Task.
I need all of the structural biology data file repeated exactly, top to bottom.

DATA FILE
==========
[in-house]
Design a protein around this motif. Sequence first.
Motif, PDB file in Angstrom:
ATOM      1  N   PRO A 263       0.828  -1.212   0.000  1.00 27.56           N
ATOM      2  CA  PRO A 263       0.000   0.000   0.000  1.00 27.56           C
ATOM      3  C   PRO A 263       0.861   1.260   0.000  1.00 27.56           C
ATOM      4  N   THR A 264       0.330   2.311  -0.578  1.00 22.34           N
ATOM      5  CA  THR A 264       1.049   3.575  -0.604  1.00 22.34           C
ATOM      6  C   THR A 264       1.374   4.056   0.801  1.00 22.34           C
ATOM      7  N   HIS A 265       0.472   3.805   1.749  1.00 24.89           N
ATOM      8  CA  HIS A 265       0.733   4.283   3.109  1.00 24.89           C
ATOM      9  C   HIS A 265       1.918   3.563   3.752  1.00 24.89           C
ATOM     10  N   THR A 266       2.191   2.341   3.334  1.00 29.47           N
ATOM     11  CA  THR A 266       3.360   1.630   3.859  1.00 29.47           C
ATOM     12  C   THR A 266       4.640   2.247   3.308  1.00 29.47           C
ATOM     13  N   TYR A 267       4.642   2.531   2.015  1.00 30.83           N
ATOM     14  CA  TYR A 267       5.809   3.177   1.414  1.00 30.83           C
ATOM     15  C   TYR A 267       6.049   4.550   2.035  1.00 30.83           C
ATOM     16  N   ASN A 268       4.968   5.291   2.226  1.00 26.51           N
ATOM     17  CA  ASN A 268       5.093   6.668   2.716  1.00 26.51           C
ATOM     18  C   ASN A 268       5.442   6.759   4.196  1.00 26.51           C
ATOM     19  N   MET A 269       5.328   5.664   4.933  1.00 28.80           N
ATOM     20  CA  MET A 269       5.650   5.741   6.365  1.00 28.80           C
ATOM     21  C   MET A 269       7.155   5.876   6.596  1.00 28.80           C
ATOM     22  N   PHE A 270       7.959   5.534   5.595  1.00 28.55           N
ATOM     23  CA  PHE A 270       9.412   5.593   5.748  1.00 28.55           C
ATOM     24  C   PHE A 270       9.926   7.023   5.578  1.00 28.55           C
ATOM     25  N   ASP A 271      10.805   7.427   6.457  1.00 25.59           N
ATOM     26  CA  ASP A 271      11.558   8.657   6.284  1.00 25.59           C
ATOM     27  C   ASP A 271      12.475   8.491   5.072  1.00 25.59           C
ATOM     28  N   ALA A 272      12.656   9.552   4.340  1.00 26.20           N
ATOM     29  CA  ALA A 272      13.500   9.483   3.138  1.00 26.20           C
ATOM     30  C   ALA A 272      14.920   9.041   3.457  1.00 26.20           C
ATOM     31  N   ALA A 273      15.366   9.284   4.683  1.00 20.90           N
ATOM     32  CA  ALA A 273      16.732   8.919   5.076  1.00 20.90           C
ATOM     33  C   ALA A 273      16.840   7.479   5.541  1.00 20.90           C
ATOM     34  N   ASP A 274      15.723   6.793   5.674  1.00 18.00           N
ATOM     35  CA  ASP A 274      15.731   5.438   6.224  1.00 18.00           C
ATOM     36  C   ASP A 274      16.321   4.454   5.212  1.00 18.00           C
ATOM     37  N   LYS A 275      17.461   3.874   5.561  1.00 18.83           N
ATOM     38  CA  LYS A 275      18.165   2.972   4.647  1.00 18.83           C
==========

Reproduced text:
[in-house]
Design a protein around this motif. Sequence first.
Motif, PDB file in Angstrom:
ATOM      1  N   PRO A 263       0.828  -1.212   0.000  1.00 27.56           N
ATOM      2  CA  PRO A 263       0.000   0.000   0.000  1.00 27.56           C
ATOM      3  C   PRO A 263       0.861   1.260   0.000  1.00 27.56           C
ATOM      4  N   THR A 264       0.330   2.311  -0.578  1.00 22.34           N
ATOM      5  CA  THR A 264       1.049   3.575  -0.604  1.00 22.34           C
ATOM      6  C   THR A 264       1.374   4.056   0.801  1.00 22.34           C
ATOM      7  N   HIS A 265       0.472   3.805   1.749  1.00 24.89           N
ATOM      8  CA  HIS A 265       0.733   4.283   3.109  1.00 24.89           C
ATOM      9  C   HIS A 265       1.918   3.563   3.752  1.00 24.89           C
ATOM     10  N   THR A 266       2.191   2.341   3.334  1.00 29.47           N
ATOM     11  CA  THR A 266       3.360   1.630   3.859  1.00 29.47           C
ATOM     12  C   THR A 266       4.640   2.247   3.308  1.00 29.47           C
ATOM     13  N   TYR A 267       4.642   2.531   2.015  1.00 30.83           N
ATOM     14  CA  TYR A 267       5.809   3.177   1.414  1.00 30.83           C
ATOM     15  C   TYR A 267       6.049   4.550   2.035  1.00 30.83           C
ATOM     16  N   ASN A 268       4.968   5.291   2.226  1.00 26.51           N
ATOM     17  CA  ASN A 268       5.093   6.668   2.716  1.00 26.51           C
ATOM     18  C   ASN A 268       5.442   6.759   4.196  1.00 26.51           C
ATOM     19  N   MET A 269       5.328   5.664   4.933  1.00 28.80           N
ATOM     20  CA  MET A 269       5.650   5.741   6.365  1.00 28.80           C
ATOM     21  C   MET A 269       7.155   5.876   6.596  1.00 28.80           C
ATOM     22  N   PHE A 270       7.959   5.534   5.595  1.00 28.55           N
ATOM     23  CA  PHE A 270       9.412   5.593   5.748  1.00 28.55           C
ATOM     24  C   PHE A 270       9.926   7.023   5.578  1.00 28.55           C
ATOM     25  N   ASP A 271      10.805   7.427   6.457  1.00 25.59           N
ATOM     26  CA  ASP A 271      11.558   8.657   6.284  1.00 25.59           C
ATOM     27  C   ASP A 271      12.475   8.491   5.072  1.00 25.59           C
ATOM     28  N   ALA A 272      12.656   9.552   4.340  1.00 26.20           N
ATOM     29  CA  ALA A 272      13.500   9.483   3.138  1.00 26.20           C
ATOM     30  C   ALA A 272      14.920   9.041   3.457  1.00 26.20           C
ATOM     31  N   ALA A 273      15.366   9.284   4.683  1.00 20.90           N
ATOM     32  CA  ALA A 273      16.732   8.919   5.076  1.00 20.90           C
ATOM     33  C   ALA A 273      16.840   7.479   5.541  1.00 20.90           C
ATOM     34  N   ASP A 274      15.723   6.793   5.674  1.00 18.00           N
ATOM     35  CA  ASP A 274      15.731   5.438   6.224  1.00 18.00           C
ATOM     36  C   ASP A 274      16.321   4.454   5.212  1.00 18.00           C
ATOM     37  N   LYS A 275      17.461   3.874   5.561  1.00 18.83           N
ATOM     38  CA  LYS A 275      18.165   2.972   4.647  1.00 18.83           C